I am writing as a concerned citizen and physician of South Davis County regarding the Stericycle incineration plant, a facility in North Salt Lake that burns medical waste, broadly defined as any solid waste resulting from the diagnosis or treatment of humans and animals. (For a more complete list of what constitutes “medical waste”, you can refer to Stericycle’s own website: stericycle.com/medical-waste-faqs.)
The Division of Air Quality recently issued a notice of violation against Stericycle alleging the Illinois-based company operated out of compliance with its permit, failed to comply with conditions of the permit, failed to report deviations, and exceeded the permitted limits of dioxin/furan as well as nitrogen oxides emissions. Being out of compliance is bad enough, but then trying to cover up their violations by not reporting them is egregiously unethical.
In a recent town hall meeting organized by people who live near the incinerator, Stericycle representatives failed to apologize for their violations, while claiming to be good neighbors who care about our community. When it came time to address questions from the public, the representatives stated they could stay for only ten minutes more because they had to catch a flight to go home Й to Colorado.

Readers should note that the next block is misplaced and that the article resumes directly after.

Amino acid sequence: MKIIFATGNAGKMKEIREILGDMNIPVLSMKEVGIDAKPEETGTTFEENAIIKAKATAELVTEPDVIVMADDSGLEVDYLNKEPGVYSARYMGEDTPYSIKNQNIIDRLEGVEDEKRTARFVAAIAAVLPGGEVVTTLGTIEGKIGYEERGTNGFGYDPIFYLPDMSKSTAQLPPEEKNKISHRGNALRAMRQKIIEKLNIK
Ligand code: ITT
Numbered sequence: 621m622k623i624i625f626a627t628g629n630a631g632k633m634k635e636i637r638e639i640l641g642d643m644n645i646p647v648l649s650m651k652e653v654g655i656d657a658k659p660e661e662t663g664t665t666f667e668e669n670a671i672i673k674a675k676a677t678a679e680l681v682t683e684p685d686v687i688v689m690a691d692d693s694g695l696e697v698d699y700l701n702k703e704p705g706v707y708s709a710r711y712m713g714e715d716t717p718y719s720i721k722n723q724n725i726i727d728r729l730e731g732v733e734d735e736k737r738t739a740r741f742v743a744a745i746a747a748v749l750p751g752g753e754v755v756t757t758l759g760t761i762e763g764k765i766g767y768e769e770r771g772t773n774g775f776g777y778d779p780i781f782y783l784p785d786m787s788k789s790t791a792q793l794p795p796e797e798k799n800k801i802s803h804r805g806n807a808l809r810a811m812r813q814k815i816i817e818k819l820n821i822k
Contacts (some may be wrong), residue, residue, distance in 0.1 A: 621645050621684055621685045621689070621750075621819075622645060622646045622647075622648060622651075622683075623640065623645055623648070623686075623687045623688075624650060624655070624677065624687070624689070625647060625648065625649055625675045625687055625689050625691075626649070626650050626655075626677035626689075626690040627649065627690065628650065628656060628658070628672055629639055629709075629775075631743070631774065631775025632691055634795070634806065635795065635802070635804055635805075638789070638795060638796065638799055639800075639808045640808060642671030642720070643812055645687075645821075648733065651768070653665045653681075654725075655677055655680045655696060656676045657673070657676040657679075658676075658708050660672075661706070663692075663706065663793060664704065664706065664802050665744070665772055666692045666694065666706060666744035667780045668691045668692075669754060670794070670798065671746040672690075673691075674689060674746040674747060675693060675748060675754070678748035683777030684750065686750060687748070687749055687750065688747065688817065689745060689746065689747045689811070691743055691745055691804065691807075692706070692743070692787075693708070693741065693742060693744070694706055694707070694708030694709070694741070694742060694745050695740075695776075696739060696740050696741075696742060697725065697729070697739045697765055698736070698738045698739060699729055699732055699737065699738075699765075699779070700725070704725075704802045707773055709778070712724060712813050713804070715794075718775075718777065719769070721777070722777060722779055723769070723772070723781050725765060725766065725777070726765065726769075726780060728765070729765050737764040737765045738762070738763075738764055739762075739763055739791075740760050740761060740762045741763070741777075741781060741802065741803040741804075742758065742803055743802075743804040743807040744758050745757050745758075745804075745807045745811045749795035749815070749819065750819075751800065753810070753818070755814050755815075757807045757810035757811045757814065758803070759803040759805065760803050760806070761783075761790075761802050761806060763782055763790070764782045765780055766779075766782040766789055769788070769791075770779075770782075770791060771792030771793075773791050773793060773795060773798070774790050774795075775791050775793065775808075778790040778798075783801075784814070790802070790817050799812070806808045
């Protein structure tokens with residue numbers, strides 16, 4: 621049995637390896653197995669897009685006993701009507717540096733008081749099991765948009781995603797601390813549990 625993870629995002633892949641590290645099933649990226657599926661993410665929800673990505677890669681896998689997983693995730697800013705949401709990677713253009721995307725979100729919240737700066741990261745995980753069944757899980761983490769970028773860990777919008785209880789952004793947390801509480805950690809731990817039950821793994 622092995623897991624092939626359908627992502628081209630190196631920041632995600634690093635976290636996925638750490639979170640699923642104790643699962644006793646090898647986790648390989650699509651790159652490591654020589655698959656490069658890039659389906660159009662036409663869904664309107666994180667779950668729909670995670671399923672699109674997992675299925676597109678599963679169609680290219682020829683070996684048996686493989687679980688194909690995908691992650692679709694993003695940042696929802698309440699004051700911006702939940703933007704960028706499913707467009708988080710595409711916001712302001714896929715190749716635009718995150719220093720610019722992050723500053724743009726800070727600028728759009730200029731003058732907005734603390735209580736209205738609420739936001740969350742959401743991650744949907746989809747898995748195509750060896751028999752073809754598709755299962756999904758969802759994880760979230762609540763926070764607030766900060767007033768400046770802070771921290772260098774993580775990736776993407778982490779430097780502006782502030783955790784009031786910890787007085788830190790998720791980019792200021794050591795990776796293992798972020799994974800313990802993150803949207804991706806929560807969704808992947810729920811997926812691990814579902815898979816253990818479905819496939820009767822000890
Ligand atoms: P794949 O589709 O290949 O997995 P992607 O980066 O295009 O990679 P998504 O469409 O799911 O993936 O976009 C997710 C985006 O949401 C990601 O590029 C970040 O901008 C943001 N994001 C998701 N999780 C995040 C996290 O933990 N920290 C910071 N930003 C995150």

The unfortunate truth is that even if Stericycle were operating in full compliance with its permit, it would still be a large and unacceptable health concern for our community. The scientific findings of the dangers of incinerators are undeniable. Incinerators do not eliminate hazardous substances; they concentrate them and even create new ones. Incinerators emit dioxins, mercury, arsenic, lead, cadmium, ammonia, and benzene.
These compounds from Stericycle’s emission stream are known to be toxic to the brain and are implicated in multiple neurological disorders including autism, dyslexia, and Alzheimer’s disease.
Stericycle performs a task that can and should be done more safely without incineration.
Medical waste incineration is an unnecessary and dangerous pollution-causing process, especially in such a populated area. And Stericycle doesn’t just incinerate local medical waste; they import waste from at least eight other states. An out-of-state business is profiting by jeopardizing the health of our community. Good neighbors don’t pollute. Good neighbors don’t violate agreements and then fail to report their violations. Good neighbors don’t put profit over people. The risks of having Stericycle operate in our community far outweigh any benefits. It is time for Stericycle to shut down. It is past time.
Tyler Yeates, MD,